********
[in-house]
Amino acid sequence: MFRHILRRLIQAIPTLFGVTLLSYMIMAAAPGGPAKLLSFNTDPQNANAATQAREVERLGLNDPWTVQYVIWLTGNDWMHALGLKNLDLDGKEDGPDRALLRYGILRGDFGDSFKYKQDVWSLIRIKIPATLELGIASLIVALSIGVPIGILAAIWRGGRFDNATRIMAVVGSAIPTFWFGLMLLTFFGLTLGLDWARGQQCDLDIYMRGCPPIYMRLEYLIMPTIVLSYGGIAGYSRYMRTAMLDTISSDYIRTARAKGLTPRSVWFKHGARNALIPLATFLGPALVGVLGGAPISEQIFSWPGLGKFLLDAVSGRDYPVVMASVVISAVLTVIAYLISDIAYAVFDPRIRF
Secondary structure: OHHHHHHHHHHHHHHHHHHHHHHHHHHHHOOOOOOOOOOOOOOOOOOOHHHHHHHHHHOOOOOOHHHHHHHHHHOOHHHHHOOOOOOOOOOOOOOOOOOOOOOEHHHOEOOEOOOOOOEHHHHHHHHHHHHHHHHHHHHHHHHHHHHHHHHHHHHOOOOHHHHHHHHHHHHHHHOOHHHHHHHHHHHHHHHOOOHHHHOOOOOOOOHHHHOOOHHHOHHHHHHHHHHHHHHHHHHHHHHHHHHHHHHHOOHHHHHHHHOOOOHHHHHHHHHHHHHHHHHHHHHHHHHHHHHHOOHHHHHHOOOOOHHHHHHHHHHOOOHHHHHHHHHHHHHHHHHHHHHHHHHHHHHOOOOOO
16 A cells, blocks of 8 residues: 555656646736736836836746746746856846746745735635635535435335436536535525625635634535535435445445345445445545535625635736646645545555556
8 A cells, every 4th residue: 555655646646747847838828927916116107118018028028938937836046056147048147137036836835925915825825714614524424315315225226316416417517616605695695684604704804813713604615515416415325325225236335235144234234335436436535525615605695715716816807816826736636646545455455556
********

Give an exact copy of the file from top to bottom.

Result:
[in-house]
Amino acid sequence: MFRHILRRLIQAIPTLFGVTLLSYMIMAAAPGGPAKLLSFNTDPQNANAATQAREVERLGLNDPWTVQYVIWLTGNDWMHALGLKNLDLDGKEDGPDRALLRYGILRGDFGDSFKYKQDVWSLIRIKIPATLELGIASLIVALSIGVPIGILAAIWRGGRFDNATRIMAVVGSAIPTFWFGLMLLTFFGLTLGLDWARGQQCDLDIYMRGCPPIYMRLEYLIMPTIVLSYGGIAGYSRYMRTAMLDTISSDYIRTARAKGLTPRSVWFKHGARNALIPLATFLGPALVGVLGGAPISEQIFSWPGLGKFLLDAVSGRDYPVVMASVVISAVLTVIAYLISDIAYAVFDPRIRF
Secondary structure: OHHHHHHHHHHHHHHHHHHHHHHHHHHHHOOOOOOOOOOOOOOOOOOOHHHHHHHHHHOOOOOOHHHHHHHHHHOOHHHHHOOOOOOOOOOOOOOOOOOOOOOEHHHOEOOEOOOOOOEHHHHHHHHHHHHHHHHHHHHHHHHHHHHHHHHHHHHOOOOHHHHHHHHHHHHHHHOOHHHHHHHHHHHHHHHOOOHHHHOOOOOOOOHHHHOOOHHHOHHHHHHHHHHHHHHHHHHHHHHHHHHHHHHHOOHHHHHHHHOOOOHHHHHHHHHHHHHHHHHHHHHHHHHHHHHHOOHHHHHHOOOOOHHHHHHHHHHOOOHHHHHHHHHHHHHHHHHHHHHHHHHHHHHOOOOOO
16 A cells, blocks of 8 residues: 555656646736736836836746746746856846746745735635635535435335436536535525625635634535535435445445345445445545535625635736646645545555556
8 A cells, every 4th residue: 555655646646747847838828927916116107118018028028938937836046056147048147137036836835925915825825714614524424315315225226316416417517616605695695684604704804813713604615515416415325325225236335235144234234335436436535525615605695715716816807816826736636646545455455556